LG Group and Japan's Softbank may be on the verge of a profound restructuring of the Korean telecoms sector.
In part, this is thanks to some very messy shareholdings.
LG owns 30% of Dacom, a competitor to KT in the long distance and international field. Meanwhile, Softbank has long been a major investor in broadband operator, Korea Thrunet - owning 20% - and more recently it took an undisclosed stake in Dacom.
Now Dacom and Thrunet have formed a consortium that will buy 45% of Powercomm from Kepco for W819 billion ($678 million). This will mean that Dacom can now make use of Powercomm's national fiber optic network to offer end-to-end calls; allowing it to better compete with KT. Previously Dacom had to channel calls from its 'last mile' via Powercomm's national network (as a customer). Large business users thought this was less reliable than KT's dedicated network. By putting Dacom and Powercomm together, that competitive issue will no longer prove a hurdle.
The result will be the emergence of a new supergrouping of Dacom, Powercomm and Thrunet. It will lead to a more sustainable corporate entity capable of competing with KT in fixed line and broadband services.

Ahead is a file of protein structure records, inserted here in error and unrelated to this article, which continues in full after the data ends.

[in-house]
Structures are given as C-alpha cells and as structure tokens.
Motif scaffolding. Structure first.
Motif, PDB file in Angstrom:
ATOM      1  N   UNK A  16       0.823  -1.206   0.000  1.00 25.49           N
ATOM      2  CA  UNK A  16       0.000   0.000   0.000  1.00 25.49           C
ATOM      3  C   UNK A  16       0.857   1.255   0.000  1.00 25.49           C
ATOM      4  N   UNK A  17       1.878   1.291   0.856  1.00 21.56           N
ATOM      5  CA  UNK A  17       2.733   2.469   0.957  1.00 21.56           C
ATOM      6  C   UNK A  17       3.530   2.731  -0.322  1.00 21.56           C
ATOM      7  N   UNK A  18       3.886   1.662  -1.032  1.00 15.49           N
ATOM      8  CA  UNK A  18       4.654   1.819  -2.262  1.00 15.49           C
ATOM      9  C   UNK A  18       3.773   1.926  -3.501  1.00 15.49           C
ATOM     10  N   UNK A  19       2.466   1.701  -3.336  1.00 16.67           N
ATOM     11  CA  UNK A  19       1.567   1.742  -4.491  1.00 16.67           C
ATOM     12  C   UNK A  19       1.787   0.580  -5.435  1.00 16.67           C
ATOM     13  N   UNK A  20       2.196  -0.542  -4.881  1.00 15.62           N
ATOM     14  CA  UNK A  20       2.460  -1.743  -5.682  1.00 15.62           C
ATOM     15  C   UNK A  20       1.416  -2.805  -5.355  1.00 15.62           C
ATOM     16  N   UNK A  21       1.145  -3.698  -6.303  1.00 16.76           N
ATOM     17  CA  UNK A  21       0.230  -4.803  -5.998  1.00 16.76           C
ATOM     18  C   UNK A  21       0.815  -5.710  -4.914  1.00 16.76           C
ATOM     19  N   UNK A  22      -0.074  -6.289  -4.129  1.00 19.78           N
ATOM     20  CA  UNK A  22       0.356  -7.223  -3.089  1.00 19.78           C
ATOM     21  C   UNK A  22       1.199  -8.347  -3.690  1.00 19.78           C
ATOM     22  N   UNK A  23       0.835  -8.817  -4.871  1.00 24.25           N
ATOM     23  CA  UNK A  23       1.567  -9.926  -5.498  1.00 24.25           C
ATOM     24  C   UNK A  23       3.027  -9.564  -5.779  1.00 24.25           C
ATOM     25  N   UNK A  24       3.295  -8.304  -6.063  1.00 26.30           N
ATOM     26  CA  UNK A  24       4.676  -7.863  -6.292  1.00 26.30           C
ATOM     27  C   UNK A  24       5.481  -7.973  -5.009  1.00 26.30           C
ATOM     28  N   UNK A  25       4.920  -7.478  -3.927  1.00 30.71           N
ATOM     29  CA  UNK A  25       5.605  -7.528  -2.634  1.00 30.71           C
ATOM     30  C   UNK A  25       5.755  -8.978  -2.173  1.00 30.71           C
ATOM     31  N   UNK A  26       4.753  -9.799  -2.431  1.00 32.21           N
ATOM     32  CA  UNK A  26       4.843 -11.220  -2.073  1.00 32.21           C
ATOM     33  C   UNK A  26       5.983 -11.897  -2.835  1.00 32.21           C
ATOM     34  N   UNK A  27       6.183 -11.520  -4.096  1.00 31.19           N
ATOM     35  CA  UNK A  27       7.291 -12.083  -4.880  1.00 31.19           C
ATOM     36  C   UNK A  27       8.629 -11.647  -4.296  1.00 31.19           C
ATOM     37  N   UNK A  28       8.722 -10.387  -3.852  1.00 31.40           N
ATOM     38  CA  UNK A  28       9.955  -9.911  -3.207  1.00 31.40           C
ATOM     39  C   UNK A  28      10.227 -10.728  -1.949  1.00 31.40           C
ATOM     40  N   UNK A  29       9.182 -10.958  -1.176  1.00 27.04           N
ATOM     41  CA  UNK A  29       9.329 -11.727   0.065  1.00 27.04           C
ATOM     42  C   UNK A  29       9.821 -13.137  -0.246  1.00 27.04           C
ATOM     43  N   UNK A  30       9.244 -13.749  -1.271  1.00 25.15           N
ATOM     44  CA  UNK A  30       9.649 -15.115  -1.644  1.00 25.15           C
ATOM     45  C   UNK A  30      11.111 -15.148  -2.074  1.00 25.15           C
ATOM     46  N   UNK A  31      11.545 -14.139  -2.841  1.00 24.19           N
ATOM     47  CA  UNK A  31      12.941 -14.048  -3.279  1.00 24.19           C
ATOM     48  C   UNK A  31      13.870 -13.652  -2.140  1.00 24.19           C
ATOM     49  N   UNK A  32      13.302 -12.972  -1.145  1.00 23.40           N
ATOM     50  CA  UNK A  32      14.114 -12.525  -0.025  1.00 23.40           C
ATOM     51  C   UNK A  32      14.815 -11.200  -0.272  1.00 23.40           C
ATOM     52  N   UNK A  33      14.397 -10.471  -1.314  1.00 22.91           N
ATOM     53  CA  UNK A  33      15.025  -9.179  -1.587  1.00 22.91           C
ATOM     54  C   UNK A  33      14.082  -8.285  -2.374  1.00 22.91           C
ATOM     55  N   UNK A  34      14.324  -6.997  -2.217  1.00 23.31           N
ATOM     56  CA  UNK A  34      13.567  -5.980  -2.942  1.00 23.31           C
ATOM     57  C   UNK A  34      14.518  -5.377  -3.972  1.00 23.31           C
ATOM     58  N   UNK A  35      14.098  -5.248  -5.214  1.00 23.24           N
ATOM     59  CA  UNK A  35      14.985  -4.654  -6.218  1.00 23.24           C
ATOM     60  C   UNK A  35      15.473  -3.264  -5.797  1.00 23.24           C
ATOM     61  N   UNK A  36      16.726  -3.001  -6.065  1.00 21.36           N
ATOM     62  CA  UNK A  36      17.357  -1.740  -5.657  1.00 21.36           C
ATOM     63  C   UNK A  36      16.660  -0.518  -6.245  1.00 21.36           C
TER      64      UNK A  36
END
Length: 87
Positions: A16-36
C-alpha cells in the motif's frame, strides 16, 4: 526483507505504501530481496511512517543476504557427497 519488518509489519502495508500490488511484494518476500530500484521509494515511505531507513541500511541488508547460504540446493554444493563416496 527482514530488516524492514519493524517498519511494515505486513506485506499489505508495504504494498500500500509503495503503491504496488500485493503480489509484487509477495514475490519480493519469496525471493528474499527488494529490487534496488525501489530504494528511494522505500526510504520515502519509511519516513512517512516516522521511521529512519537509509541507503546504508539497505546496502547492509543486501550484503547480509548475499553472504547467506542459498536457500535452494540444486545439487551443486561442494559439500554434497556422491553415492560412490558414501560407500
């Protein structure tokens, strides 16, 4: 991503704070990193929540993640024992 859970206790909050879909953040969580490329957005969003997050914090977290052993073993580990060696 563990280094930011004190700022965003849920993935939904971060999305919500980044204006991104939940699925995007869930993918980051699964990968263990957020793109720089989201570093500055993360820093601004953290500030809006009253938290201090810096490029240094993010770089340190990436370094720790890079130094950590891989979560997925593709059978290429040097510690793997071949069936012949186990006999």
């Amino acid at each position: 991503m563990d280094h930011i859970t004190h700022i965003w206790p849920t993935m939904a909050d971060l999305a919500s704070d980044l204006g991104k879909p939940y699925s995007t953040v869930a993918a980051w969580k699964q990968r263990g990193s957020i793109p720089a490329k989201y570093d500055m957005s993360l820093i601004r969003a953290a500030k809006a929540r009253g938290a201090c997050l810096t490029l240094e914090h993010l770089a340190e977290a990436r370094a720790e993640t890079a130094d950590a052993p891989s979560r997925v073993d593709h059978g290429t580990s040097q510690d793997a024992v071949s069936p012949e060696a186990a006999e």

Left out in the cold by the new deal - it would seem - is Hanaro, which had also bid for Powercomm only to see the deal unravel thanks to contractual disputes with Kepco.
As in a military campaign, control of Powercomm was seen as vital bridgehead by both Hanaro and the Dacom-Thrunet consortium.
Hanaro is also 6% owned by LG Electronics, but traditionally its management has operated quite independently of LG. But it requires the use of Powercomm's network too. Like it or not, Hanaro may be forced to come to terms with the new grouping and may face a future merger. (Having amassed W1 trillion of debt it may not be able to afford to go it alone.)
This would be pleasing to LG, which could then consolidate all its holdings into a single strong player.
However, the Dacom-Powercomm deal has not yet closed, and given the recent failure of the Hanaro-Powercomm deal, it may be premature to draw such grand conclusions.